First sentence of the Supreme Court

We were referring in a previous article to the fact that the content of the 11 Constitutional Court Judgment of May of 2.017 on the Capital Gain Tax It had led to an important discussion regarding the scope of it, since it was not sufficiently clear.

In spite of a very "particular" interpretation that was made of said Judgment, and that came to consider that any liquidation based on the content of the Local Treasury Law (LHL) to liquidate the Capital Gains Tax should be considered null (although the seller would have obtained benefits with the transmission) since it was issued based on articles of the LHL that were "expelled from the legal system", this has been rejected outright by the Supreme Court.

The so-called "maximalist theory" was rejected outright by the 9 Judgment of July of 2.018 of the Supreme Court. For the TS, only the return of the surplus value can be claimed in cases where there have been losses (either by transmitting a property, or by inheriting it), the taxpayer can prove it and this is not distorted by the Administration.

And this first Judgment issued by the Supreme Court has been followed by a second one issued at a later date (specifically, the 1.248 / 2.018 Sentence of 17 of July), which fully confirms the Resolution issued earlier by the same Court.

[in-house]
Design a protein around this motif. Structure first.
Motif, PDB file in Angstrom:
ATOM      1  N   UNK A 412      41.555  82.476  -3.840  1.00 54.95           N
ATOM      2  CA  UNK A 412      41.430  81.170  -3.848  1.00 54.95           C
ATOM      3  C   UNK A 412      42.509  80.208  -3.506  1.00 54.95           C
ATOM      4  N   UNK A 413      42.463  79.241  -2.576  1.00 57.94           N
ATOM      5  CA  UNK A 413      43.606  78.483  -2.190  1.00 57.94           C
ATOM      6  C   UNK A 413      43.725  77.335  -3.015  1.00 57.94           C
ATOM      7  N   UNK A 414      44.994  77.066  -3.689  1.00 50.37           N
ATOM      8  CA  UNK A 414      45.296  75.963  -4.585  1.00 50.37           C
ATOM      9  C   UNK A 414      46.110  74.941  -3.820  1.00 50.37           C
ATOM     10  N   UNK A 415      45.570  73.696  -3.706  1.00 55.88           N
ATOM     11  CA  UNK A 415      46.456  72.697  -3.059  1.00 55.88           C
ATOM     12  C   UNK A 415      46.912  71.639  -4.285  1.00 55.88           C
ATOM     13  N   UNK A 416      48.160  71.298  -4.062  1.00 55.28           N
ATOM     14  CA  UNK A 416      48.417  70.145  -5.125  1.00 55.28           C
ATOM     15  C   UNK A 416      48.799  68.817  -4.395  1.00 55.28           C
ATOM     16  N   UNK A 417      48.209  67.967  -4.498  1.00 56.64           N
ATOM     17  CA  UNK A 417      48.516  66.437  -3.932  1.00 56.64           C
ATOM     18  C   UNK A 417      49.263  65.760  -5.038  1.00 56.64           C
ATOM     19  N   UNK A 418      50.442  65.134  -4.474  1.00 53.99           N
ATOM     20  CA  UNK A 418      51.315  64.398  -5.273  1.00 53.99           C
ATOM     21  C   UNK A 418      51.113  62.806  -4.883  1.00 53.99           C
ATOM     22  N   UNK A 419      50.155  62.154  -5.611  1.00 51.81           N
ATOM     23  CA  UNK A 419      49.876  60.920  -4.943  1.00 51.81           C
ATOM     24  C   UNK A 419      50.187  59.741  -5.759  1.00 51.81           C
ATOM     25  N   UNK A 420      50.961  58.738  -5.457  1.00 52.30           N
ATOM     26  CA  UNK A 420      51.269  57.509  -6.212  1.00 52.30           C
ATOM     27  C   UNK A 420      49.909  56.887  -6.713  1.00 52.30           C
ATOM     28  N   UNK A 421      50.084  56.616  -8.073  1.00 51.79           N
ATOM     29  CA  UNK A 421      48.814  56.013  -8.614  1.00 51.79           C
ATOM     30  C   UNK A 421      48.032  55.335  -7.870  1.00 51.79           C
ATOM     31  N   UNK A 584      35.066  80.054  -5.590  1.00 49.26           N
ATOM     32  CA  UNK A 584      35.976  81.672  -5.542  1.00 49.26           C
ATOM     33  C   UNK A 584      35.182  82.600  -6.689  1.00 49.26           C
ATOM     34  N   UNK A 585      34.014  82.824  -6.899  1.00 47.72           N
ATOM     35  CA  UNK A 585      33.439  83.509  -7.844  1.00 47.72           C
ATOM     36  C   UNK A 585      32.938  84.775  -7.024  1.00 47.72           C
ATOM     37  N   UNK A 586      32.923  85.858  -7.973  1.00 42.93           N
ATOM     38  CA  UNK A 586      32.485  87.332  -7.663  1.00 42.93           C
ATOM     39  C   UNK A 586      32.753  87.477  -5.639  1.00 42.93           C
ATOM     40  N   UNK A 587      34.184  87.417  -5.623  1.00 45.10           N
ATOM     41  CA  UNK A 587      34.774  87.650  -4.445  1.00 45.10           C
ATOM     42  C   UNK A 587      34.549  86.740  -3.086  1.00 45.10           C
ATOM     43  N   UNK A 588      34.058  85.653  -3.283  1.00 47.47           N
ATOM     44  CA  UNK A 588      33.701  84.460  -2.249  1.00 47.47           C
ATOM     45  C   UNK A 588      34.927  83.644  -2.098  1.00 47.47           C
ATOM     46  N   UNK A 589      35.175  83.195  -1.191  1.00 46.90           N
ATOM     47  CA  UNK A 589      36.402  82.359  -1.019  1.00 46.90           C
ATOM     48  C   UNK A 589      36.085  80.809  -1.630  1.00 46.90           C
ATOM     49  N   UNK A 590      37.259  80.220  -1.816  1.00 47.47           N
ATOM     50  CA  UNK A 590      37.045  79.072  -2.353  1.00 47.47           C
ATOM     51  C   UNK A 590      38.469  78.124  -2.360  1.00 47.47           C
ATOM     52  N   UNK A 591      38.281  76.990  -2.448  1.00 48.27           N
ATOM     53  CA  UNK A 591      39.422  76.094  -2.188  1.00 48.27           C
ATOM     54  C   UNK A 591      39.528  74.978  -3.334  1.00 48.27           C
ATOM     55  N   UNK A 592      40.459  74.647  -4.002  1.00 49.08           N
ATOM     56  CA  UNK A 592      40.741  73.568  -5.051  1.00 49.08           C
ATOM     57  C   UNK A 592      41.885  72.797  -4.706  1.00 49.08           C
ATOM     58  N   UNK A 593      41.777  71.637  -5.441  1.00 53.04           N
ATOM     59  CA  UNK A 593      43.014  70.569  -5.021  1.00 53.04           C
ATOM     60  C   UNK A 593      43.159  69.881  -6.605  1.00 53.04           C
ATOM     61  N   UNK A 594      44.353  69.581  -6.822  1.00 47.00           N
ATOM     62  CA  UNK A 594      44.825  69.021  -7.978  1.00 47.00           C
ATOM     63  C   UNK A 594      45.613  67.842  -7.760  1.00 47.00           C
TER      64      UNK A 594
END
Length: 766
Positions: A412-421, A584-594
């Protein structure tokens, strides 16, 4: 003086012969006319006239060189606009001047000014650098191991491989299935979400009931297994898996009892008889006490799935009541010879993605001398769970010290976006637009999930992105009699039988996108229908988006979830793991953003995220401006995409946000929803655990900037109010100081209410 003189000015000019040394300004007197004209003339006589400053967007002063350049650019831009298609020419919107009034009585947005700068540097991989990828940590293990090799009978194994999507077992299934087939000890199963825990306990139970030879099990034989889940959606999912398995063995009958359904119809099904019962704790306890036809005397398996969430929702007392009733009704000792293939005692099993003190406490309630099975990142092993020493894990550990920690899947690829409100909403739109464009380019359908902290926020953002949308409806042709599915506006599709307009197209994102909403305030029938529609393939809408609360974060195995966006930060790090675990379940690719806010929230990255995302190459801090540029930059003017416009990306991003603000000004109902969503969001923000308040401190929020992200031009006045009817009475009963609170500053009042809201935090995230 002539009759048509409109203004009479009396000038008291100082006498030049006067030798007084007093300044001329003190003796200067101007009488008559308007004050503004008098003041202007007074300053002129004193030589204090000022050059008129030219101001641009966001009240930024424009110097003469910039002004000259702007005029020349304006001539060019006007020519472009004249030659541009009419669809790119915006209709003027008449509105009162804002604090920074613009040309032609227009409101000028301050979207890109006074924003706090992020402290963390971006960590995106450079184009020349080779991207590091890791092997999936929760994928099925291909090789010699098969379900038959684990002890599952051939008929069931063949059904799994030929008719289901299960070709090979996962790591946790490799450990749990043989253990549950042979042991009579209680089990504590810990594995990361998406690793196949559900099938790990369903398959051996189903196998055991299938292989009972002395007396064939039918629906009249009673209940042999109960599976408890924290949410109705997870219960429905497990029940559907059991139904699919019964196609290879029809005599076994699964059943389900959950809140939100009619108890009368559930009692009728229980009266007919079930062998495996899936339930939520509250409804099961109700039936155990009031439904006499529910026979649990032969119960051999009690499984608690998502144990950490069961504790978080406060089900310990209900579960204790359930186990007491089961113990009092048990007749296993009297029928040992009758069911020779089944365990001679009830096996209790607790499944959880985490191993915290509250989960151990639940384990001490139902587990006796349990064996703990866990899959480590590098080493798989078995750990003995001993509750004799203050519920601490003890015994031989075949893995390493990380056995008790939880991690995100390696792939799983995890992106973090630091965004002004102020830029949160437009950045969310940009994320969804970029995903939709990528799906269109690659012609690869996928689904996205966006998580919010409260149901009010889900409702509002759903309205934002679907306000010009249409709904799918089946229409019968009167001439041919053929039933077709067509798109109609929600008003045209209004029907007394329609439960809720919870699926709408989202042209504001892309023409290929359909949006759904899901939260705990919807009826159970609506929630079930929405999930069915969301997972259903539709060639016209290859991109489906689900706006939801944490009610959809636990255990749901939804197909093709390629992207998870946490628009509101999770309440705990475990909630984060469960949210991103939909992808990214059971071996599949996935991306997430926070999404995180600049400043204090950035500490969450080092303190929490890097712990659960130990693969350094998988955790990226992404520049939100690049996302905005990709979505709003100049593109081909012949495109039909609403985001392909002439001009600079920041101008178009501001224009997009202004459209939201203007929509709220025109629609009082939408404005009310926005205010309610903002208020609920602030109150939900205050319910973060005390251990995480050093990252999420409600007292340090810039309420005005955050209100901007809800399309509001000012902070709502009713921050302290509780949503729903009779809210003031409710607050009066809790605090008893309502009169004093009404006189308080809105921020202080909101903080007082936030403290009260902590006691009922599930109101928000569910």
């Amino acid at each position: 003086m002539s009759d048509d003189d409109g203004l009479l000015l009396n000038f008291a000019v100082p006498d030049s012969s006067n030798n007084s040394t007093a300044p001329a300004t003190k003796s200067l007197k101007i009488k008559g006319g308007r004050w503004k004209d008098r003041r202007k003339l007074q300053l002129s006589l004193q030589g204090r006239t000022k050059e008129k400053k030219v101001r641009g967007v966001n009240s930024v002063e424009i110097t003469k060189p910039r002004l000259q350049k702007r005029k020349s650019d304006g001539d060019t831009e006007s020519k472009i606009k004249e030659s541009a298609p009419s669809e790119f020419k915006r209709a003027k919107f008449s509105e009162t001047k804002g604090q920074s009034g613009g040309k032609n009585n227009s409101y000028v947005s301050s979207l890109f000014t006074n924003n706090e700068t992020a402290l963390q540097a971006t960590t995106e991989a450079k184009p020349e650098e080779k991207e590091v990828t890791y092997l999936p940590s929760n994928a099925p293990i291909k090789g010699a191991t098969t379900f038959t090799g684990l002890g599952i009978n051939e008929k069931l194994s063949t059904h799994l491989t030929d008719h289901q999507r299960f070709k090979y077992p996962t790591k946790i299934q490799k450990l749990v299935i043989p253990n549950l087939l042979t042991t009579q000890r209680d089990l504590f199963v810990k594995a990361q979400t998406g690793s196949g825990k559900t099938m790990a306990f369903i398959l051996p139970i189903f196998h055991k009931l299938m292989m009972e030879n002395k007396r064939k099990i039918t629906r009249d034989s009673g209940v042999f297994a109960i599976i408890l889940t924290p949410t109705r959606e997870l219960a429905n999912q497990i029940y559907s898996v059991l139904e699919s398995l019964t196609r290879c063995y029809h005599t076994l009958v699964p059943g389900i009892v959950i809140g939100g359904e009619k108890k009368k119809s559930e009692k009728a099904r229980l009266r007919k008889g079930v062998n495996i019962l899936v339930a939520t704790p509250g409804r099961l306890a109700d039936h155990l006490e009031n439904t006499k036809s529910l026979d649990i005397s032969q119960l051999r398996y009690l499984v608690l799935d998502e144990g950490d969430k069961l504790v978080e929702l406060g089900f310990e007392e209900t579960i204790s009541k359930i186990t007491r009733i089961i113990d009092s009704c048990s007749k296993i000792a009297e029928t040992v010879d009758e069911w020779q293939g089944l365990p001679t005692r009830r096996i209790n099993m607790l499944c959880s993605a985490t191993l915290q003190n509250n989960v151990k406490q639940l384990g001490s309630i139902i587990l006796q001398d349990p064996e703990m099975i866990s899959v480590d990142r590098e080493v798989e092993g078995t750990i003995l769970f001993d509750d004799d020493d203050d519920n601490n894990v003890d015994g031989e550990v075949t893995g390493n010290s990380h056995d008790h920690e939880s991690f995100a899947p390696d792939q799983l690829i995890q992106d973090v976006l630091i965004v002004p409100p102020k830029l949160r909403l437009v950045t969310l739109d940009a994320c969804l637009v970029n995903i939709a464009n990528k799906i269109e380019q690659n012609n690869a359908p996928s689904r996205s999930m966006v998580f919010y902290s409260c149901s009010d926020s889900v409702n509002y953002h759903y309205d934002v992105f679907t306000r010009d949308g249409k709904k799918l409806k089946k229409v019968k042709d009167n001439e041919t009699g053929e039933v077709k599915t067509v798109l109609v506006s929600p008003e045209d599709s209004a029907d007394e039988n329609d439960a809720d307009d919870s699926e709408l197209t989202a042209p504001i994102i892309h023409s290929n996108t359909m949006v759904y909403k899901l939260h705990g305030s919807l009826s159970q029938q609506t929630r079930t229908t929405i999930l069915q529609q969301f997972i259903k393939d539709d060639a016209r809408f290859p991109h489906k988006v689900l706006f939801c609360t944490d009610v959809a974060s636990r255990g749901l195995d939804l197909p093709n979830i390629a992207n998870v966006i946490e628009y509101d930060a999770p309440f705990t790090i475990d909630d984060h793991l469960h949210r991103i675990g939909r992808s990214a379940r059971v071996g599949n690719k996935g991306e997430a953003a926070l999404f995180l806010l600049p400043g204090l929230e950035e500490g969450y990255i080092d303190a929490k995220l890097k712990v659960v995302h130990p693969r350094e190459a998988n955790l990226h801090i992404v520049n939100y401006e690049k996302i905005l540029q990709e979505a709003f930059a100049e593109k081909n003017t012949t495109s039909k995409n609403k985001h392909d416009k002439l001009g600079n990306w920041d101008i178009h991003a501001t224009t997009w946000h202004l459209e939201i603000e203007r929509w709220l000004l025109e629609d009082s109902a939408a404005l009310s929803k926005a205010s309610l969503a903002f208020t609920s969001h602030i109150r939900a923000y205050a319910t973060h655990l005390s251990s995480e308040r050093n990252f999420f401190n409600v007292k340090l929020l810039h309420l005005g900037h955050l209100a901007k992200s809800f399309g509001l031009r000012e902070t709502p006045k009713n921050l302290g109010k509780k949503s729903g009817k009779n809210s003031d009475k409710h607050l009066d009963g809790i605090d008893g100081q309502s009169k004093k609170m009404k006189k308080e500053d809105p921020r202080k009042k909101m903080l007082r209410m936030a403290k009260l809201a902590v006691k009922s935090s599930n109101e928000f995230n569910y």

We hope that the rest of the appeals of Cassation that are pending to be resolved by the TS have just clarified the diffuse points that were found after the 11 Constitutional Court Judgment of May of 2.017 and this helps to respond to all the assumptions that were made. they are processing for capital gains accrued prior to said date and which in many cases are formally "suspended". And this is why the assumptions subsequent to the Judgment of the Constitutional Court should be processed as of the modification of the Local Tax Law, which is still pending approval.

Therefore, we can reach a conclusion that does not seem far-fetched: although issues are being clarified, eighteen months after the STC has been issued, uncertainty continues regarding the application of the Capital Gains Tax. And equally, after eighteen months the Law of Local Taxes has not been adapted to the Constitutional mandate.

It seems logical? The impact that could have on the municipal coffers will have nothing to do with this exasperating delay in fulfilling the mandate of the Constitutional Court? Are we not facing a State of Law, one of whose basic pillars is the fulfillment of the resolutions dictated by the Judicial Power? That each one value it as it considers ...

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Daniel Vigo, dig advocats

Daniel Vigo

DiG Lawyers